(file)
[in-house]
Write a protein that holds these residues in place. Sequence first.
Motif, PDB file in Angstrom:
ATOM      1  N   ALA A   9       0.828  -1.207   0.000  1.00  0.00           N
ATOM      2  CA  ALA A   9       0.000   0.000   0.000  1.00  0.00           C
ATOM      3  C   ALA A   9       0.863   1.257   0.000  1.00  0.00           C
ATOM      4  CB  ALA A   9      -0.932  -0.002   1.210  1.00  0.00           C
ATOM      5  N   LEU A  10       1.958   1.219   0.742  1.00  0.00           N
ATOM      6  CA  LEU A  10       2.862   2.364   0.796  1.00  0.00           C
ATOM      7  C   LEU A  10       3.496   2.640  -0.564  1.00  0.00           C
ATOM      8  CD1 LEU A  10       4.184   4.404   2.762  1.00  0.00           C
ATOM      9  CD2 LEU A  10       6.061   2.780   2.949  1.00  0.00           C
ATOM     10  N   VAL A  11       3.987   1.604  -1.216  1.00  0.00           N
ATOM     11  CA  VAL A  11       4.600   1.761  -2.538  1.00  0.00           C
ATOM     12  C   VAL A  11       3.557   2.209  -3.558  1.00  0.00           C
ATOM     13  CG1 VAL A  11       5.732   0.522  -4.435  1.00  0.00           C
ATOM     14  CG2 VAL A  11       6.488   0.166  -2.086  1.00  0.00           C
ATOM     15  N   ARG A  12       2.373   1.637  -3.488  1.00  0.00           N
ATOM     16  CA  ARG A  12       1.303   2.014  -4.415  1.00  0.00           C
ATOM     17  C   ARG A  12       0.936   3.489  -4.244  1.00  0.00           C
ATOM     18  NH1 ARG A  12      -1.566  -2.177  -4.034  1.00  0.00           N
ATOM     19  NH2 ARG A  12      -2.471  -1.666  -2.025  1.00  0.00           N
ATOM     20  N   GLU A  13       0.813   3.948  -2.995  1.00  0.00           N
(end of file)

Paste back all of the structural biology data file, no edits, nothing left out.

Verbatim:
[in-house]
Write a protein that holds these residues in place. Sequence first.
Motif, PDB file in Angstrom:
ATOM      1  N   ALA A   9       0.828  -1.207   0.000  1.00  0.00           N
ATOM      2  CA  ALA A   9       0.000   0.000   0.000  1.00  0.00           C
ATOM      3  C   ALA A   9       0.863   1.257   0.000  1.00  0.00           C
ATOM      4  CB  ALA A   9      -0.932  -0.002   1.210  1.00  0.00           C
ATOM      5  N   LEU A  10       1.958   1.219   0.742  1.00  0.00           N
ATOM      6  CA  LEU A  10       2.862   2.364   0.796  1.00  0.00           C
ATOM      7  C   LEU A  10       3.496   2.640  -0.564  1.00  0.00           C
ATOM      8  CD1 LEU A  10       4.184   4.404   2.762  1.00  0.00           C
ATOM      9  CD2 LEU A  10       6.061   2.780   2.949  1.00  0.00           C
ATOM     10  N   VAL A  11       3.987   1.604  -1.216  1.00  0.00           N
ATOM     11  CA  VAL A  11       4.600   1.761  -2.538  1.00  0.00           C
ATOM     12  C   VAL A  11       3.557   2.209  -3.558  1.00  0.00           C
ATOM     13  CG1 VAL A  11       5.732   0.522  -4.435  1.00  0.00           C
ATOM     14  CG2 VAL A  11       6.488   0.166  -2.086  1.00  0.00           C
ATOM     15  N   ARG A  12       2.373   1.637  -3.488  1.00  0.00           N
ATOM     16  CA  ARG A  12       1.303   2.014  -4.415  1.00  0.00           C
ATOM     17  C   ARG A  12       0.936   3.489  -4.244  1.00  0.00           C
ATOM     18  NH1 ARG A  12      -1.566  -2.177  -4.034  1.00  0.00           N
ATOM     19  NH2 ARG A  12      -2.471  -1.666  -2.025  1.00  0.00           N
ATOM     20  N   GLU A  13       0.813   3.948  -2.995  1.00  0.00           N